Imagine overhearing this conversation in the hall at a fundraising conference: “We’ve decided to invest more on donor retention than donor acquisition this year.”
Oh, wait, that never happened. In fact, that conversation probably rarely happens if at all.
Research consistently shows that only 40 percent of donors give to a cause more than once, meaning 60 percent don’t give a second time. After five years, only 10 percent of donors are still giving to that cause.
This isn’t just a problem. It is a spectacular type of failure. It doesn’t get the attention it needs and deserves because it upends the rhythms and precepts of fundraising’s conventional wisdom.
The fundraising industry is an enormous triumph of transactional churn over relationship building. The result is that too many fundraisers are failing at their most fundamental job; safeguarding and securing the future of their organizations.
Fundraisers say they work this way because, well, it works. M&R’s annual survey of online fundraising in 2016 appears to confirm this: “And yet, email revenue grew by 25% in 2015, faster than the 19% rate of online revenue growth overall. Email giving accounted for 29% of all online revenue last year, and nonprofits received $44 in donations for every 1,000 fundraising messages sent.”
That’s interesting until you read the next paragraph: “With open rates, click-through rates, and response rates all declining, this increase comes down to volume. Volume, in two ways: more people, and more messages. Email lists grew by 14% in 2015, and nonprofits sent more fundraising messages.”
This is not a technical problem; it’s a culture problem. Transactional cultures value efficiency and speed above all else. They have the least amount of relationship building baked into them by design. Round and round the turnstiles go, looking for a tiny percentage increase in funding and donors each fiscal year.
Not only do transactional cultures turn people into ATM machines, only valued for their last donation, paradoxically to their architects, they are very expensive. “As a general rule, retaining and motivating existing donors costs less than acquiring new donors,” wrote Wilson Levis of the Urban Institute.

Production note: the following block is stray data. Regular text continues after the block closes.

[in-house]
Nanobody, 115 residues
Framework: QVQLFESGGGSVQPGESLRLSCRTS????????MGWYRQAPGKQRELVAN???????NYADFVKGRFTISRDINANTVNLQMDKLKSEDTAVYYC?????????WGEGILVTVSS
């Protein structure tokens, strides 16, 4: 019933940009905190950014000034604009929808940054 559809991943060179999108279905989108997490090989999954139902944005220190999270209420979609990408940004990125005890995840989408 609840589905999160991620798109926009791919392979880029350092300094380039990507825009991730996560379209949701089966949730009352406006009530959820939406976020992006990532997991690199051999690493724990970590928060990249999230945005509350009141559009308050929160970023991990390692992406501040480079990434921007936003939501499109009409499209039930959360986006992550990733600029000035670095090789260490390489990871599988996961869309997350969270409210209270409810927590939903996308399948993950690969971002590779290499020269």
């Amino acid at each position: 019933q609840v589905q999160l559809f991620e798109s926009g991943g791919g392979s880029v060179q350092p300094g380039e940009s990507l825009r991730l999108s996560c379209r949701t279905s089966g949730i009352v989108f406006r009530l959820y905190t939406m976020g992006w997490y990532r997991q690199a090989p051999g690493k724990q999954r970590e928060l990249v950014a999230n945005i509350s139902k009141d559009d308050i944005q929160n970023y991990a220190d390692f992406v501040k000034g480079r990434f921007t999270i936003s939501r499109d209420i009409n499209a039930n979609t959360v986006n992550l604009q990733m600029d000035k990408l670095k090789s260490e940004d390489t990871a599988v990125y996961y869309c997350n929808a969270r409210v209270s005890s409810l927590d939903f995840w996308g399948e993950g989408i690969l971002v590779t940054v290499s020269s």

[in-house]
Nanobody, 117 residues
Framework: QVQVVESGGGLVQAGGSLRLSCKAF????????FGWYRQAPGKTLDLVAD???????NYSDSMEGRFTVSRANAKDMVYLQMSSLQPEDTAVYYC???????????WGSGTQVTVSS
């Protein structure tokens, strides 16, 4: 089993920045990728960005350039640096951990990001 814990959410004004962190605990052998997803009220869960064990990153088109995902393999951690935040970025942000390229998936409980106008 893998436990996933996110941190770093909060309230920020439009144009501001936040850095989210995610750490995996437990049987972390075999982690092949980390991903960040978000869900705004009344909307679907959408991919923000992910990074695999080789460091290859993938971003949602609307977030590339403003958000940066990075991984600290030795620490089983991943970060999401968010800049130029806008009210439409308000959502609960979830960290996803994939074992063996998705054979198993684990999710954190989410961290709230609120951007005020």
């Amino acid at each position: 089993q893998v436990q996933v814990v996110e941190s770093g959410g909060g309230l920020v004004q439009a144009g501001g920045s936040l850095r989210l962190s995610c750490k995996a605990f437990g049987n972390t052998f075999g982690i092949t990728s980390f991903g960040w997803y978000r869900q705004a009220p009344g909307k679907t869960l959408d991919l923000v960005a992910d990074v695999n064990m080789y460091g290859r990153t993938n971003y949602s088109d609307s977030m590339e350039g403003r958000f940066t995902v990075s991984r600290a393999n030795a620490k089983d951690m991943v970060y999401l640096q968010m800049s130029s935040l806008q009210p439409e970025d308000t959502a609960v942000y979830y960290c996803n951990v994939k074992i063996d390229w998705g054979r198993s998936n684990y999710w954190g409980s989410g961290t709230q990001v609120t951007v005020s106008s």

There are real and important costs associated with transactional cultures that get lost within the technocratic language of open rates and click-throughs. The primary cost is the missed opportunity to build strong and lasting relationships with donors.
Focusing on retention rates and relationship building requires asking and answering different questions than usual. Questions such as:
* Why didn’t you open the email?
* What stopped you from sharing our message with your friends?
* How do we make you feel when you give to us? Do you feel included and valued? Or do you feel marginalized and anonymous?
And, what about those lapsed donors? What are they thinking about your organization? How about asking them that rather than asking them for money again?
In the analog days, trying to talk to non-responders was difficult and time-consuming. However, there is no excuse for not being in conversation with your people in a digital world. Digital platforms are opportunities for interactions with your people. We humans calls these interactions conversations.
What if a few of those emails and self-celebratory posts on social media were questions that reflect the reality that staff cannot not have all the answers to difficult issues? What should we be working on? What do you think we do well? Where are we falling short?
Where are the nonprofit conversations? On Facebook? Nope. Getting “Likes” is not the same as having a meaningful conversation with people. Even getting comments is not the same as having a back-and-forth discussion that informs both parties.
There are great examples of organizations and leaders using social media to build relationships. Jim Canales at the Barr Foundation asks his Twitter friends what he should discuss at an upcoming conference, and circles back to tell them how it went.
The Los Angeles County Museum Fun has fun, chatty posts on Snapchat such as a photo of François Boucher’s 1742 canvas “Leda and the Swan” with the caption: “Stop looking at me, Swan,” from the ’90s film “Billy Madison.” Think of how different this communication is from the weekly direct mail to join the museum or donate to it.
And if you think it’s hard to be conversational online, check out Planned Parenthood’s various social media channels. Honestly, if the constantly-attacked Planned Parenthood can be conversational, why can’t you?
It takes a different kind of leadership to be relational. You have to be open to real input of constituents and unafraid reveal your real flaws and vulnerabilities. Relational leaders know that their job is to facilitate conversations with crowds of people online and on land and that by doing so financial and social capital will flow.
Your people are waiting to talk to you. They are anxious to help, and create and share and celebrate with you. It’s time for you to let them.
Allison Fine is among the nation’s pre-eminent thinkers and strategists on networked leadership. She is the author of Matterness: Fearless Leadership for a Social World, the award-winning Momentum: Igniting Social Change in the Connected Age, and the bestselling The Networked Nonprofit. Her email is firstname.lastname@example.org